What both of these teams have in their favor is depth. The Illini go five deep at the first two spots (Augie, Pruitt, Arnold, Carter, and Randle), and Randle's versatility allows him to play the small forward, while Jamar Smith and Rich Mcbride can operate at the two, or go small at the three, leaving Dee Brown and Chet Frazier to handle the point (Dee can also slide to the off-guard spot when Frazier is in the game). Randle also possesses the athletic ability to play shut down defense on either a power forward, small forward, or shooting guard as the situation dictates. That's nine guys who can give them significant minutes, with five of those at the big man spots in case of foul trouble.
UCLA on the other hand, has found something of a silver lining to their dark cloud of injuries, as coach Howland has had ample opportunity to give playing time to his five impressive freshmen. Farmar and Afflalo are entrenched at the guard spots, but Afflalo has the size and strength to play small forward, while Farmar has the scoring ability to contribute at the two guard when Darren Collison is in the game. Mike roll can play the three in a three guard scheme, or play the off guard when giving Afflalo a breather. Aboya, Wright, and Hollins will all spend time at center, with Aboya sliding to power forward when LRMAM is on the bench. LRMAM will spend most of his time at the four, but some time at the three in a big lineup. Ced Bozeman also provides some versatility, with the ability to play anywhere from point guard to power forward if called upon. So like the Illini, they can go nine deep, and they can mix and match as the matchup dictates. And if they're able to get Michael Fey back to any semblance of himself, that makes 10. They could also have Lorenzo Mata back for a tournament run depending on how quickly he heals.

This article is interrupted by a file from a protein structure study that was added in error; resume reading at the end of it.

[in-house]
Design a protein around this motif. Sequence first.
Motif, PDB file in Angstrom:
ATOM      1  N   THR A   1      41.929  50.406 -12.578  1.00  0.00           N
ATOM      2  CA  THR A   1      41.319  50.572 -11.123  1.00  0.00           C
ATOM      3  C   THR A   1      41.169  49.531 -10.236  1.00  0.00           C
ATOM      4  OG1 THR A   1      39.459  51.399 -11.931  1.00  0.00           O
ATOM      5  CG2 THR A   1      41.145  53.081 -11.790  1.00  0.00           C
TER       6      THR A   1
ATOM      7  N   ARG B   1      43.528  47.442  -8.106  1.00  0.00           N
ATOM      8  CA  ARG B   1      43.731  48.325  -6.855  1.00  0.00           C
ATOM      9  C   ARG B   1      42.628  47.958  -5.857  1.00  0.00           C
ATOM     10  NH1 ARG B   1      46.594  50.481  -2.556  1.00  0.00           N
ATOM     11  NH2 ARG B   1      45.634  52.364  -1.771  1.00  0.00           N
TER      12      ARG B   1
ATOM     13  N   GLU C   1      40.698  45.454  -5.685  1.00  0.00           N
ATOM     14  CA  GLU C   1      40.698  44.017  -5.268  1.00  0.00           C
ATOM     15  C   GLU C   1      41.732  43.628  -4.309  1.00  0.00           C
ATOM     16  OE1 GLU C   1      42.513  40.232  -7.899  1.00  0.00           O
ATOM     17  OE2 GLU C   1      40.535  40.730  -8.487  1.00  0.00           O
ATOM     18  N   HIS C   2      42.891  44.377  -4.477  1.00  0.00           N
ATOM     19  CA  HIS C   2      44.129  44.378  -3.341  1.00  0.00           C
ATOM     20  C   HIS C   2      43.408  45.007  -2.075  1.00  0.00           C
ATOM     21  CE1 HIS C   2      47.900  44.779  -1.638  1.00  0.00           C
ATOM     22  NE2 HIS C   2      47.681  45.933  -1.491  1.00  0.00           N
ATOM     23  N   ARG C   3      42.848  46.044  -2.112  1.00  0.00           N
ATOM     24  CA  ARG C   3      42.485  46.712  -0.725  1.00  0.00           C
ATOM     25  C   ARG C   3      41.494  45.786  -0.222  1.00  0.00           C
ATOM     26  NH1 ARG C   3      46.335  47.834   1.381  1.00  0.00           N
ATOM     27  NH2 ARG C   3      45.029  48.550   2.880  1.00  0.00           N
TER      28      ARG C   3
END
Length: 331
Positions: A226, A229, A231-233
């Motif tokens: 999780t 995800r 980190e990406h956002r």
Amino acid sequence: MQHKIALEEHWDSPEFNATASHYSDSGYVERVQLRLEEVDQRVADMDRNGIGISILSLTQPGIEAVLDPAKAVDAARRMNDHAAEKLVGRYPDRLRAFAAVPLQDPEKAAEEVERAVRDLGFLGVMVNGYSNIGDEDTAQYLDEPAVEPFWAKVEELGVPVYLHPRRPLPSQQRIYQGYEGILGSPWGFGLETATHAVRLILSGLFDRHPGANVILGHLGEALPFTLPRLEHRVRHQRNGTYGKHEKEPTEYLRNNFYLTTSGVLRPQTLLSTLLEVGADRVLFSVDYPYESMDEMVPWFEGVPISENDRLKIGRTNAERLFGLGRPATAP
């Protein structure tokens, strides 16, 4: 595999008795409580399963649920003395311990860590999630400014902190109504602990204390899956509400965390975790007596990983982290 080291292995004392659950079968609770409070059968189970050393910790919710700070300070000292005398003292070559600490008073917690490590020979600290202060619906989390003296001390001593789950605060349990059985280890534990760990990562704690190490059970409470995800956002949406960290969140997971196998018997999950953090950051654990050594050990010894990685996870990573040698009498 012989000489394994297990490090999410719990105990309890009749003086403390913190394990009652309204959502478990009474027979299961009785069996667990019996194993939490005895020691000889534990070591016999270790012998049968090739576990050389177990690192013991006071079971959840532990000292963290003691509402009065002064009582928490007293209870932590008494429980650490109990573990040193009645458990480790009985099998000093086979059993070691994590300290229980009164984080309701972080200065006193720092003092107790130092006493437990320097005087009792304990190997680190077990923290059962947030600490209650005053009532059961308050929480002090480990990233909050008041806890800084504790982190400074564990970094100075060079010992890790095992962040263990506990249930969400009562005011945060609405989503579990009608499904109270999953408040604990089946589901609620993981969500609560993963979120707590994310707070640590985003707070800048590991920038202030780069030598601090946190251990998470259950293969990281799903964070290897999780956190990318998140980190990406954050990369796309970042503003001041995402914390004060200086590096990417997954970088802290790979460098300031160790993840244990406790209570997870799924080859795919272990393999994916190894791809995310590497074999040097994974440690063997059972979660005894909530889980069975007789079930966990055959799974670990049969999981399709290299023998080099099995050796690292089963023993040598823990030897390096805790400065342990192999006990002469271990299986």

So I see both teams acquitting themselves pretty well in March. The Illini have a little more experience, and that could make the difference in a longer run. But there's still a month and a half to go before tournament time, and both clubs still have room for improvement. I'd be content with both teams in the sweet 16, and I'd be thrilled if they each made the elite 8, but that's asking for a lot.